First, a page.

The state of Victoria, the center of Australia’s virus outbreak, has been under strict lockdowns since early August, though restrictions will be slightly eased on Monday with the nightly curfew in Melbourne starting an hour later, at 9 p.m. On Sunday, the state reported 41 new cases and seven deaths, continuing a general downward trend.
In South Korea, officials said on Sunday that social distancing measures would be eased in metropolitan Seoul for the next two weeks, even though daily new cases remain in the triple digits. The easing includes lifting a ban on on-site dining after 9 p.m. and reopening gyms and internet cafes.
Officials said stronger measures would return on Sept. 28, ahead of the Chuseok fall harvest holiday, during which many people travel. On Sunday, the country reported 121 new infections, bringing the total to 22,176.
Other developments around the world:
India reported 94,372 new cases on Sunday, the fourth consecutive day that new cases exceeded 90,000 in the country, according to a Times database. India has the world’s second-highest number of cases after the United States.
A reporter found a virus story through her toddler.
The Times’s Sarah Kliff writes about how her latest article idea came from an unlikely source: her 2-year-old son.
A day care classmate of his had tested positive for the coronavirus, and a few days later, her son vomited. Between the known exposure to the virus and a possible symptom, she thought it made sense to find out whether he had been infected. The information, she notes, might help the family’s child-care provider and local health officials better understand how the disease spreads among young children, something that little is still known about:
It seemed like an easy task, given that I live in Washington, D.C., where health providers and the city have opened dozens of testing locations in recent months.
Except it wasn’t. I quickly stumbled upon another weakness in America’s testing infrastructure that I hadn’t seen news outlets reporting on: Most drive-through testing sites will not test young children.
My first thought was to go to the Walgreens drugstore near my house, until I learned it sees only adults. I began looking into the District of Columbia’s free testing sites. Again, no luck: The city’s walk-up sites are limited to adults, and its drive-through sites see only children 5 and older.
There was an urgent care center a half-hour drive from my house that would test my son, but I was hoping to go to a drive-through site so I could minimize our risk of becoming infected at a doctor’s office (and likewise reduce the chances of my son passing it to a health provider if he did have the virus). But everywhere I turned, I kept encountering age restrictions that excluded my child.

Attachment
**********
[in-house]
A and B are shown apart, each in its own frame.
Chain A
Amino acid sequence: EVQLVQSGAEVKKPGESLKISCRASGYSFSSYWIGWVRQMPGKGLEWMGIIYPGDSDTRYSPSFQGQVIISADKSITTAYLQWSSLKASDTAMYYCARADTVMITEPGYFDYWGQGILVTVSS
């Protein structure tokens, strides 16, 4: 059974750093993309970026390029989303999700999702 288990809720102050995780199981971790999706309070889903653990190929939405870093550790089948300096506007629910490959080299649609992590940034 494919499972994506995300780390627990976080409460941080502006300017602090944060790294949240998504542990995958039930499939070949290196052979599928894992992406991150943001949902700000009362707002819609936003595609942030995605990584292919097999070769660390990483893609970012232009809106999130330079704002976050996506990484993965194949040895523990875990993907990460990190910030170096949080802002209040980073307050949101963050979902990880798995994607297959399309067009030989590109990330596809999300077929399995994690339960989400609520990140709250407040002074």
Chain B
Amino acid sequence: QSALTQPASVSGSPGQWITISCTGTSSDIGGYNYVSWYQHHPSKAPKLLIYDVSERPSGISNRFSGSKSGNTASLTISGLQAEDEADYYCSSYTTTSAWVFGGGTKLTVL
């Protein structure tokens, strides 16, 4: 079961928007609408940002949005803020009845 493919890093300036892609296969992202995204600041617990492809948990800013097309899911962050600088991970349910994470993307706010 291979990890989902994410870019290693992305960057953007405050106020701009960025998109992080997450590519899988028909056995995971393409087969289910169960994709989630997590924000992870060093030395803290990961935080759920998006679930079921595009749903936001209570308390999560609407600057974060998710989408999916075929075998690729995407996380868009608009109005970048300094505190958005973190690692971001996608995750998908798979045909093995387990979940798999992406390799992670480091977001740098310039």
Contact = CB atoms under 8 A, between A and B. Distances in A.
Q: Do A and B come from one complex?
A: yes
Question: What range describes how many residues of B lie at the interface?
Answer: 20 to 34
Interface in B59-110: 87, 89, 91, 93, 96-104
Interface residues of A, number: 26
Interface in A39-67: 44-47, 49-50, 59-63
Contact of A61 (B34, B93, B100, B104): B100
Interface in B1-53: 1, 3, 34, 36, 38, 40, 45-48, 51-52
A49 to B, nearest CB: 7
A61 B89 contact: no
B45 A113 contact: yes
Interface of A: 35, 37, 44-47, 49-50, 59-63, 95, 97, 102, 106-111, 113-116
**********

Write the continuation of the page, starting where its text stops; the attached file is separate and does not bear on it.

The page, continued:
Finally, I had a stroke of luck. After I vented about the problem to a few other parents, one of them directed me to an urgent care center that offers drive-through testing for children of all ages. The hourslong search made me wonder: Were other parents going through the same thing? And why did these age limits exist in the first place?
My colleague Margot Sanger-Katz and I began researching testing sites in other cities, and found that D.C. was not unique: Dallas sets a cutoff at 5 years old. San Francisco won’t test children younger than 13. In Florida, where schools recently reopened, only a quarter of the 60 state-supported testing sites will see children of all ages.
As the worst wildfire season in decades scorches the western United States amid a still raging pandemic, families and educators who were already starting the strangest and most challenging school year of their lifetimes have been traumatized all over again. Tens of thousands of people have been forced to flee their homes, with some mourning the loss of their entire communities.
Now, the remote learning preparations that schools made for the coronavirus are providing a strange modicum of stability for teachers and students, letting many stay connected and take comfort in an unexpected form of virtual community.
“The pandemic has actually helped,” said Patsy Oxford, the principal of Berry Creek Elementary, the only school in Berry Creek, a Northern California town of about 1,200 people hit by what one official described as a “massive wall of fire.” It killed nine residents, including a 16-year-old boy, and destroyed the school and almost every home and business.
The fires prompted some West Coast schools to delay or cancel classes, and educators across parts of California, Washington and Oregon have spent recent days tracking down students to check on their safety.
Some schools have continued teaching remotely or are preparing to do so this week, even as families find themselves huddling in hotels, shelters and relatives’ homes.
Reporting was contributed by Damien Cave, Tess Felder, Lara Jakes, Sarah Kliff, Dan Levin, Dan Powell, Roni Caryn Rabin, Kate Taylor and Pranshu Verma.